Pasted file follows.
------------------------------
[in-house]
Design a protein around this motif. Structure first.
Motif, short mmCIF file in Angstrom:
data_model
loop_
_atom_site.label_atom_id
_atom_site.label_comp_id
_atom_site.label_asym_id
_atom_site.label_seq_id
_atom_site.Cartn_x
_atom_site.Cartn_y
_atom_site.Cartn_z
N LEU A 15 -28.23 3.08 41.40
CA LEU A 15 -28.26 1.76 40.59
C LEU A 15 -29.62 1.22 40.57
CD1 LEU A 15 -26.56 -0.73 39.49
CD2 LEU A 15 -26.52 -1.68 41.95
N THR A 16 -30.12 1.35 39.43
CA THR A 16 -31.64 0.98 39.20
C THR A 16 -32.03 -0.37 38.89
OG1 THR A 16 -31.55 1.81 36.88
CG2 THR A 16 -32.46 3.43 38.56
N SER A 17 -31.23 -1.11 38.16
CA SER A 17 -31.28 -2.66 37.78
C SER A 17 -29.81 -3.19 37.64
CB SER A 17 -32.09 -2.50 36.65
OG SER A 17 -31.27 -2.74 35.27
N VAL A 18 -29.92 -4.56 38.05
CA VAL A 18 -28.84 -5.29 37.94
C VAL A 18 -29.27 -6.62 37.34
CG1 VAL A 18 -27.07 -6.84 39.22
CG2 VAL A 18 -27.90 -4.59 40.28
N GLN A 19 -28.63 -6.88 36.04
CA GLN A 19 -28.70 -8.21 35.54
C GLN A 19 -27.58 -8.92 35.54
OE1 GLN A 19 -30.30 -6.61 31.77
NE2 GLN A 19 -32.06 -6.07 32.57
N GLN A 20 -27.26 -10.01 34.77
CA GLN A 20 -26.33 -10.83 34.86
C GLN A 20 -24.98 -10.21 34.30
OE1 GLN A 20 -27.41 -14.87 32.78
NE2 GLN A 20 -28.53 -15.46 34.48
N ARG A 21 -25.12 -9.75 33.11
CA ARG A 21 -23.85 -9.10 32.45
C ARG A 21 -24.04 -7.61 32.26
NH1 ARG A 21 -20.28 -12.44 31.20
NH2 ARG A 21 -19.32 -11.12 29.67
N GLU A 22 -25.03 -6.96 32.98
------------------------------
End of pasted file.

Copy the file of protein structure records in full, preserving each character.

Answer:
[in-house]
Design a protein around this motif. Structure first.
Motif, short mmCIF file in Angstrom:
data_model
loop_
_atom_site.label_atom_id
_atom_site.label_comp_id
_atom_site.label_asym_id
_atom_site.label_seq_id
_atom_site.Cartn_x
_atom_site.Cartn_y
_atom_site.Cartn_z
N LEU A 15 -28.23 3.08 41.40
CA LEU A 15 -28.26 1.76 40.59
C LEU A 15 -29.62 1.22 40.57
CD1 LEU A 15 -26.56 -0.73 39.49
CD2 LEU A 15 -26.52 -1.68 41.95
N THR A 16 -30.12 1.35 39.43
CA THR A 16 -31.64 0.98 39.20
C THR A 16 -32.03 -0.37 38.89
OG1 THR A 16 -31.55 1.81 36.88
CG2 THR A 16 -32.46 3.43 38.56
N SER A 17 -31.23 -1.11 38.16
CA SER A 17 -31.28 -2.66 37.78
C SER A 17 -29.81 -3.19 37.64
CB SER A 17 -32.09 -2.50 36.65
OG SER A 17 -31.27 -2.74 35.27
N VAL A 18 -29.92 -4.56 38.05
CA VAL A 18 -28.84 -5.29 37.94
C VAL A 18 -29.27 -6.62 37.34
CG1 VAL A 18 -27.07 -6.84 39.22
CG2 VAL A 18 -27.90 -4.59 40.28
N GLN A 19 -28.63 -6.88 36.04
CA GLN A 19 -28.70 -8.21 35.54
C GLN A 19 -27.58 -8.92 35.54
OE1 GLN A 19 -30.30 -6.61 31.77
NE2 GLN A 19 -32.06 -6.07 32.57
N GLN A 20 -27.26 -10.01 34.77
CA GLN A 20 -26.33 -10.83 34.86
C GLN A 20 -24.98 -10.21 34.30
OE1 GLN A 20 -27.41 -14.87 32.78
NE2 GLN A 20 -28.53 -15.46 34.48
N ARG A 21 -25.12 -9.75 33.11
CA ARG A 21 -23.85 -9.10 32.45
C ARG A 21 -24.04 -7.61 32.26
NH1 ARG A 21 -20.28 -12.44 31.20
NH2 ARG A 21 -19.32 -11.12 29.67
N GLU A 22 -25.03 -6.96 32.98